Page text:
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AMERICAN FEDERATION OF STATE, COUNTY, AND MUNICIPAL EMPLOYEES, aka AFSCME, d/b/a AFSCME MICHIGAN COUNCIL 25, AFSCME Local 23, and AFSCME Local 2394, Plaintiff–Appellee, Detroit City Council, Intervening Plaintiff–Appellee/Cross–Appellant, v. CITY OF DETROIT and Detroit Housing Commission, Defendants–Appellants/Cross–Appellees.
Defendants, the city of Detroit and the Detroit Housing Commission (DHC), appeal as of right from the trial court's order granting summary disposition for plaintiff, American Federation of State, County and Municipal Employees (AFSCME) doing business as AFSCME Michigan Council 25 and AFSCME Locals 23 and 2394, with respect to its request for declaratory relief, granting in part the request for declaratory relief of intervening plaintiff, Detroit City Council, regarding the validity of several ordinances related to the DHC, and granting plaintiff's request for a preliminary injunction barring the city from severing its employment relationship with DHC employees until further legislative action by the city council. We reverse the trial court's order with respect to AFSCME's request for declaratory relief, reverse in part and affirm in part the trial court's order with respect to the city counsel's request for declaratory relief, and vacate the preliminary injunction.
As a preliminary matter, AFSCME first asserts that this Court lacks jurisdiction of this appeal in view of the fact that count I of AFSCME's first amended complaint was still outstanding. We disagree. This Court has the jurisdiction to entertain appeals filed by parties aggrieved by a final order of the circuit court. MCR 7.203(A)(1). The term “final order” is defined by MCR 7.202(7)(a)(i) as “the first judgment or order that disposes of all the claims and adjudicates all the rights and liabilities of all the parties.” In turn, the term “claim” is defined by MCR 2.111(B)(1) as “[a] statement of facts, without repetition, on which the pleader relies in stating the cause of action, with specific allegations to inform the adverse party of the nature of the claims the adverse party is called on to defend.” In count I of its first amended complaint, AFSCME requested the issuance of a preliminary injunction to keep the status quo while it litigated an unfair labor grievance in the Michigan Employment Relations Commission. In both the January 2002 and the May 2002 orders, the circuit court issued a preliminary injunction in favor of AFSCME. The orders in question disposed of the claim for a preliminary injunction as well as adjudicating the rights and liabilities of the parties concerning this cause of action. If the injunction was not as broad as AFSCME desired, that issue is relevant to the validity of the circuit court's actions, not the jurisdiction of this Court.
II. Issues Presented
Notwithstanding the assertion of collateral and underlying matters, the two decisive issues for our determination on appeal are (1) whether the 1996 amendments of the Michigan housing commission act, M.C.L. § 125.651 et seq., by operation of law, severed the city's employment relationship with persons assigned to and employed by the DHC, thereby making it a separate and autonomous entity without the need for “legislative action” by the city council, and (2) whether certain ordinances enacted by the city council, addressing DHC operations, procedures, and employee compensation and classification, are valid, in light of the current version of the housing commission act.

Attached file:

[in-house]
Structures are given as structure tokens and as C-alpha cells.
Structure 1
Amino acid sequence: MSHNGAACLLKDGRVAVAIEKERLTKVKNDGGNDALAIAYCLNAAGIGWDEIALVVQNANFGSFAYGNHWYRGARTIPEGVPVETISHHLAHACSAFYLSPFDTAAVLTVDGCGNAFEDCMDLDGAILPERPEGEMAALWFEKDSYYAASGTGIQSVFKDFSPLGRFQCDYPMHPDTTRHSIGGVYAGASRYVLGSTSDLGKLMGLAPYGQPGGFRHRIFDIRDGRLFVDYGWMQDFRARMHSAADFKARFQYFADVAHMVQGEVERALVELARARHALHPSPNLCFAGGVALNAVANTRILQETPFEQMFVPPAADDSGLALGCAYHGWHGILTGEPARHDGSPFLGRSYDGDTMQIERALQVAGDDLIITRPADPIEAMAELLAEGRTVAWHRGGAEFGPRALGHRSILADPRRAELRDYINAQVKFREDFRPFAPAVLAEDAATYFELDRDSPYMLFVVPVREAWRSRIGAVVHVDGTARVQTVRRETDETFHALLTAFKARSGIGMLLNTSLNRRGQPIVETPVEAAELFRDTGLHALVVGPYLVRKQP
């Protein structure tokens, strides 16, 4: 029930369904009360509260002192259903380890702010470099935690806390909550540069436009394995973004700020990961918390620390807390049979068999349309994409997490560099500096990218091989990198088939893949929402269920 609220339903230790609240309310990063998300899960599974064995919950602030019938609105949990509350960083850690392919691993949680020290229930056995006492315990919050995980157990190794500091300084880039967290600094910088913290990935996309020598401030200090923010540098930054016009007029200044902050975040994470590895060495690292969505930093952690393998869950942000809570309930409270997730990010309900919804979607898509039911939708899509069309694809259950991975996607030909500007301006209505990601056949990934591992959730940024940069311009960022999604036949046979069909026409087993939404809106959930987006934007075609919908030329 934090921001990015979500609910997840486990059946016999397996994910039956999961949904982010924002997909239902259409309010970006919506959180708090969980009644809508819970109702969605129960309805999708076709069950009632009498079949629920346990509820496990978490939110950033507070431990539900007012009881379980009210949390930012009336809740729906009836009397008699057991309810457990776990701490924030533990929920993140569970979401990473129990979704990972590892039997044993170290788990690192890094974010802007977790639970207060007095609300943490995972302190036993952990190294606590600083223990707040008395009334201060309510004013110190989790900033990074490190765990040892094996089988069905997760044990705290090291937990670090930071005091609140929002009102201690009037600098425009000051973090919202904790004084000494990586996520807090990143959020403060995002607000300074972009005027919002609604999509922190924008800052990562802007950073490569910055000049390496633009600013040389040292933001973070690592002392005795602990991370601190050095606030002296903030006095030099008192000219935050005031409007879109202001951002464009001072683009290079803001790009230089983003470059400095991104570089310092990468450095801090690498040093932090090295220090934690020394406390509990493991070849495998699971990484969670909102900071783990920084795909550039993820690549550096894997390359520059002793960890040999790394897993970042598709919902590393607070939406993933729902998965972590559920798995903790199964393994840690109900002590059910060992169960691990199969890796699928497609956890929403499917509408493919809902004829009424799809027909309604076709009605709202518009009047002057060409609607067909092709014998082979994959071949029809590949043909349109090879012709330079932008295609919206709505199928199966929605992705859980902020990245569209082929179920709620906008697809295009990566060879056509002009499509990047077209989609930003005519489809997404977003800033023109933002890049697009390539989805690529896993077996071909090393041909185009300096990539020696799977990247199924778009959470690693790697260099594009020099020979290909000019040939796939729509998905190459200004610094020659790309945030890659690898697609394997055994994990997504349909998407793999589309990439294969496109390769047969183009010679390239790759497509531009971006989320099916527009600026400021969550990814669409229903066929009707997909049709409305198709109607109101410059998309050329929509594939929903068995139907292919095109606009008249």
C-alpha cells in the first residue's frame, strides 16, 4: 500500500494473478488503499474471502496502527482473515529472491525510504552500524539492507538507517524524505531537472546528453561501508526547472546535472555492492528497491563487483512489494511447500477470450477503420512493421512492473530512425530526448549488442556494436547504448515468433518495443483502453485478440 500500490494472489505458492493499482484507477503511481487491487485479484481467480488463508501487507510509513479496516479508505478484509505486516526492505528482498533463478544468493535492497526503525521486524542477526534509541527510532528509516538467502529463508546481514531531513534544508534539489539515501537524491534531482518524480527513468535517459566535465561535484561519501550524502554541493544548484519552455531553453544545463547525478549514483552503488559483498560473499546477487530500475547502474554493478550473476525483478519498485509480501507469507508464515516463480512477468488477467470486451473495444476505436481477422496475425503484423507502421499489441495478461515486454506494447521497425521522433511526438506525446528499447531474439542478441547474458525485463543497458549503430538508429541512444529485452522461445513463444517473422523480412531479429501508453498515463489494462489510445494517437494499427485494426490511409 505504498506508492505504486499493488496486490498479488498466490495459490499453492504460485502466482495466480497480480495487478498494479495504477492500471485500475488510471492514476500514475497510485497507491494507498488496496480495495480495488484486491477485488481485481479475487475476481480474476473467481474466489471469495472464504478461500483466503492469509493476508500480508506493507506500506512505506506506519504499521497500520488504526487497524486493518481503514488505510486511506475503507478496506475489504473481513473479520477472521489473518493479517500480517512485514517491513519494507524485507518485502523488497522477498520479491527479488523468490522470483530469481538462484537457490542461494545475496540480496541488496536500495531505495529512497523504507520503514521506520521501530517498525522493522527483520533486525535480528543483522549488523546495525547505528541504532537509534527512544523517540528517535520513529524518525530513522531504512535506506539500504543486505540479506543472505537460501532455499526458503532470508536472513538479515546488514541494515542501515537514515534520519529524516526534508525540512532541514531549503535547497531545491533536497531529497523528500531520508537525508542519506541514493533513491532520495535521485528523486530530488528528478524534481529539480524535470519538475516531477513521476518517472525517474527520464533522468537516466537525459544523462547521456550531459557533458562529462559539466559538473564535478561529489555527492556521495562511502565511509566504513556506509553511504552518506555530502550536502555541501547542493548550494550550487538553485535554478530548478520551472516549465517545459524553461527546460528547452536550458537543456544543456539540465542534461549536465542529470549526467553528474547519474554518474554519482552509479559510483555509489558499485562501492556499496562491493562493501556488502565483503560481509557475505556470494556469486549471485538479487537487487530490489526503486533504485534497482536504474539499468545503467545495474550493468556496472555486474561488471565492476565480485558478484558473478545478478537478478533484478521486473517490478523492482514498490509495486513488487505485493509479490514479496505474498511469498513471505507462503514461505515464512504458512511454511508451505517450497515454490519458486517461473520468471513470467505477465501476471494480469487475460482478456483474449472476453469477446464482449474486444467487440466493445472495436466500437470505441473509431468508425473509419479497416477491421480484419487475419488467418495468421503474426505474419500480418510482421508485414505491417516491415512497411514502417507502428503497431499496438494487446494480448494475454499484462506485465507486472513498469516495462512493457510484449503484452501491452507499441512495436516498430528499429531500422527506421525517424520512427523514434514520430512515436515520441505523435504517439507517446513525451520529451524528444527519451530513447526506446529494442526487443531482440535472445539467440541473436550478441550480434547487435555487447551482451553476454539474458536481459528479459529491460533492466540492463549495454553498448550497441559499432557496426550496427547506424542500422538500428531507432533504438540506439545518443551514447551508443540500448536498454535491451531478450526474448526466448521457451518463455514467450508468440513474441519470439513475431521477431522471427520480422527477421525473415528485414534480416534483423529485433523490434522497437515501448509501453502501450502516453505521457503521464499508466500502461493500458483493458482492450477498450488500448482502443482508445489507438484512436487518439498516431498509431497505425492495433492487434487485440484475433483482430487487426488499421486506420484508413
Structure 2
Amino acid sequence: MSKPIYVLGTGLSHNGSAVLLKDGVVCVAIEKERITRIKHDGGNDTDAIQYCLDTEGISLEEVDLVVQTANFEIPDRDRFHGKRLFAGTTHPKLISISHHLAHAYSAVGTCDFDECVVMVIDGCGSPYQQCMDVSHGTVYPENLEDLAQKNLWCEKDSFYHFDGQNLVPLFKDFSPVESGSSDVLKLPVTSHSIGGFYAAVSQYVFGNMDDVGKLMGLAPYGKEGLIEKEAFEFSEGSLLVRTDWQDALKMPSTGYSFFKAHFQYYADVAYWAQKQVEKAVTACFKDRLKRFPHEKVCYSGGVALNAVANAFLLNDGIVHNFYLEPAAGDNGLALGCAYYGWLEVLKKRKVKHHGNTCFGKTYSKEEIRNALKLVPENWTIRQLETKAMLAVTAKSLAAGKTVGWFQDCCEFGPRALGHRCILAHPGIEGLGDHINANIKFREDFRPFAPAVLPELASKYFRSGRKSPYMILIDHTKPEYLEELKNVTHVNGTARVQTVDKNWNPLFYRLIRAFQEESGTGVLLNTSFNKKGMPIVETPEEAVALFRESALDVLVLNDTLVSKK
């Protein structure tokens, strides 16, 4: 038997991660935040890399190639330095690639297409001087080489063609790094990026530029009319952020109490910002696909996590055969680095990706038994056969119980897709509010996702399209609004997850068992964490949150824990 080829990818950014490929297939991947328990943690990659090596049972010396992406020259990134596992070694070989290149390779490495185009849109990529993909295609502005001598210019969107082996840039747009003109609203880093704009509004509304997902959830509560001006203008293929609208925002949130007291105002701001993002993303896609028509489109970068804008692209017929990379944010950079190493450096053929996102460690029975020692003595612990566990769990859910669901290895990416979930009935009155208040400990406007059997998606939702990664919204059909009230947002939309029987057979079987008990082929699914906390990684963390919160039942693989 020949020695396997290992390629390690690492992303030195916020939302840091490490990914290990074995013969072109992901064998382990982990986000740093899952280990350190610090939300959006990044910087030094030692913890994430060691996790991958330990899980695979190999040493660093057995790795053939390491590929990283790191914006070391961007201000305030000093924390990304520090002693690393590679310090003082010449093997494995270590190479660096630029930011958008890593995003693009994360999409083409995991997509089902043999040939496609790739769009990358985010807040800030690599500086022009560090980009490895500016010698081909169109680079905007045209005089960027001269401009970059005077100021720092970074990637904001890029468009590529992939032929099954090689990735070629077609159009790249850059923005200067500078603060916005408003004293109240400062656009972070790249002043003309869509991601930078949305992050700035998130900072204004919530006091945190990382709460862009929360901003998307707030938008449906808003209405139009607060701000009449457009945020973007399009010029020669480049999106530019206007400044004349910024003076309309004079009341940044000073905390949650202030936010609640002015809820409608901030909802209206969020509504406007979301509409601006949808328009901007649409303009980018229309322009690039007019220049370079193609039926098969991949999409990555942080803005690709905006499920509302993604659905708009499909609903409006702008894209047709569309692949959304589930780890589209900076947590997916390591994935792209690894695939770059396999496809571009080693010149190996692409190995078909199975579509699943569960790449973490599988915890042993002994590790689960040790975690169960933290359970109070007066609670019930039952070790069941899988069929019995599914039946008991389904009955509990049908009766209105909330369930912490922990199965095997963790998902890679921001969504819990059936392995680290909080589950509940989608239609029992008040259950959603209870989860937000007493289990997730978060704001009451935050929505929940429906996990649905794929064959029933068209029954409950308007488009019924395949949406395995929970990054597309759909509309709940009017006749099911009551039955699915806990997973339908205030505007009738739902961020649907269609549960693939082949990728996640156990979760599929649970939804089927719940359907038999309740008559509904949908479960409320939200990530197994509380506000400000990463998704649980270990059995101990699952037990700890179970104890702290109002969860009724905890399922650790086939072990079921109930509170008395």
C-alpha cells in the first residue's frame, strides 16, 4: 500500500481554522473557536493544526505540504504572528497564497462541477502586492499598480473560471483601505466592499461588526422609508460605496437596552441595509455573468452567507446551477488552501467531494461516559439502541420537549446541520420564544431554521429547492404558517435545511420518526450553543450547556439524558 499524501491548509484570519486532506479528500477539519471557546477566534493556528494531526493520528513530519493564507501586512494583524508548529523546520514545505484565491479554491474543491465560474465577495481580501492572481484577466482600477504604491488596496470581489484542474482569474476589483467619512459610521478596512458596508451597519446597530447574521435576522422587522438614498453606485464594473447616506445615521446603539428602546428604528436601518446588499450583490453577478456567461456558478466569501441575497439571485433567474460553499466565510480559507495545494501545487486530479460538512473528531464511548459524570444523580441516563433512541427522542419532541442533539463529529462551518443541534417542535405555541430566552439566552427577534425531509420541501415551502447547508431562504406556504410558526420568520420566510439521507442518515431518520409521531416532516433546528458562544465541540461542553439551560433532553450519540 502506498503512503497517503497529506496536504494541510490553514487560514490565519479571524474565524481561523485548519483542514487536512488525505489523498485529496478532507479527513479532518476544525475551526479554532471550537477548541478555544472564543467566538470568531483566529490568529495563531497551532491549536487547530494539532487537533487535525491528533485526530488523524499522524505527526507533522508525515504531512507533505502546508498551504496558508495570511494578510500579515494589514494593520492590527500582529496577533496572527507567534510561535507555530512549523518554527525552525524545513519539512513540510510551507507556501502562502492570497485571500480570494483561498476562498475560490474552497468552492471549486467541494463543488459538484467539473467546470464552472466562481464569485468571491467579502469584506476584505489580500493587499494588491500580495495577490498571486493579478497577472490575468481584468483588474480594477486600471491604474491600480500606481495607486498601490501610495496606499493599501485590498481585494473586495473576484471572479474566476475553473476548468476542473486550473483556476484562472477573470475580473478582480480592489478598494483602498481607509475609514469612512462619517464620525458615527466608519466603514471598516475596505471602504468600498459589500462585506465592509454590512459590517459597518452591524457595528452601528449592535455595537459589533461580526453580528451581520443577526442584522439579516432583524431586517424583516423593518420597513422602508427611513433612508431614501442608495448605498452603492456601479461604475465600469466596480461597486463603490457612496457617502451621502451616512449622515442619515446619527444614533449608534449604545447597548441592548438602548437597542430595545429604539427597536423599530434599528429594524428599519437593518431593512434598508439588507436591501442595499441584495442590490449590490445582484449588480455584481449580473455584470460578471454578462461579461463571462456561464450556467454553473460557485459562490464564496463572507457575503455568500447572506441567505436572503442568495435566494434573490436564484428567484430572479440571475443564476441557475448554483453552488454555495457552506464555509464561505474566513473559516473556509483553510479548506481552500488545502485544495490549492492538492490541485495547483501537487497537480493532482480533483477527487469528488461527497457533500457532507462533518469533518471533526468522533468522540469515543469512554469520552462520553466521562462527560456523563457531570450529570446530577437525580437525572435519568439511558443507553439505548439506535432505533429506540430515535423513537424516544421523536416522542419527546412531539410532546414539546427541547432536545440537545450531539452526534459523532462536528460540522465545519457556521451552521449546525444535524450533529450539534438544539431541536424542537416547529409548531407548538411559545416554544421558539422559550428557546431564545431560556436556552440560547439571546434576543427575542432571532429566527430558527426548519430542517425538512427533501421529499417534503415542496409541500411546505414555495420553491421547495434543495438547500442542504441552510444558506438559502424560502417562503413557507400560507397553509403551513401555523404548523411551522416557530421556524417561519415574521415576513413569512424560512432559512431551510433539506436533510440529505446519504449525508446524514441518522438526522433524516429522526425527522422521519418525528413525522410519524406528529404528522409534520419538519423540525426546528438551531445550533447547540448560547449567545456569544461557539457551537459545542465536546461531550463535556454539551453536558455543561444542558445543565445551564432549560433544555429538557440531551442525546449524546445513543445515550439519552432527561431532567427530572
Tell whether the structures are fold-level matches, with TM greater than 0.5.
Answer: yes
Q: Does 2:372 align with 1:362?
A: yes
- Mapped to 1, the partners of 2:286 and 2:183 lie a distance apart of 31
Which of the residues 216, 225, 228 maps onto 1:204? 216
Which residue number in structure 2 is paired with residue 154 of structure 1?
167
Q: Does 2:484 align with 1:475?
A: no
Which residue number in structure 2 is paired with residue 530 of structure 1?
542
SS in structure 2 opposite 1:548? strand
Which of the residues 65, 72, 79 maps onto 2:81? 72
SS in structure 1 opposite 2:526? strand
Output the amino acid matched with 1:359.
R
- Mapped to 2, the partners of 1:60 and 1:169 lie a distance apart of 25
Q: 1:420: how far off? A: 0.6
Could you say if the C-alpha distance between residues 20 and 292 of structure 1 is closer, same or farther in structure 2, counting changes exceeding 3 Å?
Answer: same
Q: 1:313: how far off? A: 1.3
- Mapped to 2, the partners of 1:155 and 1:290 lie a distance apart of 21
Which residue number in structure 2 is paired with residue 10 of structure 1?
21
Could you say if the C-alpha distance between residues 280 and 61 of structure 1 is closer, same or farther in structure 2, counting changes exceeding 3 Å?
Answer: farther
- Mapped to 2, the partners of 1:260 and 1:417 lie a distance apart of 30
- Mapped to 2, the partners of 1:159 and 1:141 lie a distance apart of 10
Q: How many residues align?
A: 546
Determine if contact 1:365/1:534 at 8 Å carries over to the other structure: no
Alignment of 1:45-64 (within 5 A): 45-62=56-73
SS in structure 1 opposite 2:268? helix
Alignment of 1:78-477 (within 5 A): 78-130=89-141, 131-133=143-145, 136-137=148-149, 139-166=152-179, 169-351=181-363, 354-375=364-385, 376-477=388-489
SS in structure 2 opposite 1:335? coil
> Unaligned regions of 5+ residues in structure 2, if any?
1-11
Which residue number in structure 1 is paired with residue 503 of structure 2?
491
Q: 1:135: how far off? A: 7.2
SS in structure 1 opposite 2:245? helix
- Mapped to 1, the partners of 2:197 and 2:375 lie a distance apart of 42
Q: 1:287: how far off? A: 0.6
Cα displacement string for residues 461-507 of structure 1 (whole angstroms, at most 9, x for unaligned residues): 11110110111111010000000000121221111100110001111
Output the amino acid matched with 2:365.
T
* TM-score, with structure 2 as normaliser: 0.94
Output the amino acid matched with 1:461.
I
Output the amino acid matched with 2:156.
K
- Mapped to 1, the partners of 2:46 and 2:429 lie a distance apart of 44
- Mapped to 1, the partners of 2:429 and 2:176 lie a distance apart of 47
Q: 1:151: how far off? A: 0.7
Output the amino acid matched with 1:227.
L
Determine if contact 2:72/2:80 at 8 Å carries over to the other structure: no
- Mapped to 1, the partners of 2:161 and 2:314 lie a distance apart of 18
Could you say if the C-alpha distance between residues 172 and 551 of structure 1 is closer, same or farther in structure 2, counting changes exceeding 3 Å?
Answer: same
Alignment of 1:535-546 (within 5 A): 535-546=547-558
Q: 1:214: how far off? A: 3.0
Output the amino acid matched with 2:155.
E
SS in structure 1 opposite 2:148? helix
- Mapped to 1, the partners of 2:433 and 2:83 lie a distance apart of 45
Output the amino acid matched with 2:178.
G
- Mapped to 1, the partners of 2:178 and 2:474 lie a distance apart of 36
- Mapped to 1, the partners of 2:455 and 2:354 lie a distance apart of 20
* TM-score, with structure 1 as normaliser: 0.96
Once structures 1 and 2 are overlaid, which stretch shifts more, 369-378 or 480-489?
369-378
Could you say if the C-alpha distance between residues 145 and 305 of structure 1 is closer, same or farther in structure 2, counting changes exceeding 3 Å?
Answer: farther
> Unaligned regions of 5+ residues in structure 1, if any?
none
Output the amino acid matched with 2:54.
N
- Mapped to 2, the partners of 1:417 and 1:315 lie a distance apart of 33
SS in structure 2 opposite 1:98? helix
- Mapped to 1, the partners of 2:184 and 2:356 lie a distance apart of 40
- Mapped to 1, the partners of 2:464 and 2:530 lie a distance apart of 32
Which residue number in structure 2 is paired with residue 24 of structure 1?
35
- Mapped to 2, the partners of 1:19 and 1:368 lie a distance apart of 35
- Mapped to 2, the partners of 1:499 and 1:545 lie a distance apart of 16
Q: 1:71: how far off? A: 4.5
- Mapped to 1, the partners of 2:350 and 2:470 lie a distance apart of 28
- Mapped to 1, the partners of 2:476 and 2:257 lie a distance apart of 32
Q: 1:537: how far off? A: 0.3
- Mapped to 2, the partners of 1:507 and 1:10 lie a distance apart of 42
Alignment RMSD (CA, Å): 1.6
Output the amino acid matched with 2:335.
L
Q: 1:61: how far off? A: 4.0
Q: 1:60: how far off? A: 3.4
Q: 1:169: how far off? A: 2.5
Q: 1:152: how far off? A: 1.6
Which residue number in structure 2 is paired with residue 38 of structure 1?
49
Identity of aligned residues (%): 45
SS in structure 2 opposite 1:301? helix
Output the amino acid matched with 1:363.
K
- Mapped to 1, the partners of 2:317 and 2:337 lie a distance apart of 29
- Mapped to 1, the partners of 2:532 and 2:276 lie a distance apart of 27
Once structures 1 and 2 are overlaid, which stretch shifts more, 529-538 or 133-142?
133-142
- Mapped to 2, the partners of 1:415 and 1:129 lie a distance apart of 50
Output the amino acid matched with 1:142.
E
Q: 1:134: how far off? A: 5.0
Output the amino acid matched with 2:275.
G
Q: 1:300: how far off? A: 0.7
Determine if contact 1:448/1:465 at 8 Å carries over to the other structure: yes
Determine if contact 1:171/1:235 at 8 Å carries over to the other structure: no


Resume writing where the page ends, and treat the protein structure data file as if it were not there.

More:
III. Background and Procedural History
The city of Detroit established the DHC in 1933, under the authority of the housing commission act, 1933 PA 18, M.C.L. § 125.651 et seq. Pursuant to the housing commission act, cities meeting the population requirement were authorized “to purchase, acquire, construct, maintain, operate, improve, extend, and/or repair housing facilities and to eliminate housing conditions which are detrimental to the public peace, health, safety, morals, and/or welfare.” In re Brewster Street Housing Site, 291 Mich. 313, 323, 289 N.W. 493 (1939). Under the former version of the housing commission act, the DHC was essentially under the control of the city, and its employees were city employees.
The United States Department of Housing and Urban Development (HUD) funds, monitors, and regulates public housing authorities, including the DHC. For eighteen years, from 1979 through 1997, HUD Public Housing Management Assessment Program rated DHC a poor performer and a profoundly “troubled” public housing authority because of vacant and dilapidating properties, untimely rent collections, and a general failure to meet HUD standards. As a result of the history of failure, the city entered into a series of agreements with HUD that would permit DHC to make substantial improvements in its performance, effectiveness, and efficiency in its role of providing low-income housing. In July 1995, HUD and the city entered into a memorandum of agreement (MOA), followed by a partnership agreement in December 1995. A complete and functional separation of the DHC from the city's governmental systems was a major objective and a basic constant in the agreements. The separation was described as being essential to maximizing the DHC's operational efficiency and achievement of HUD standards.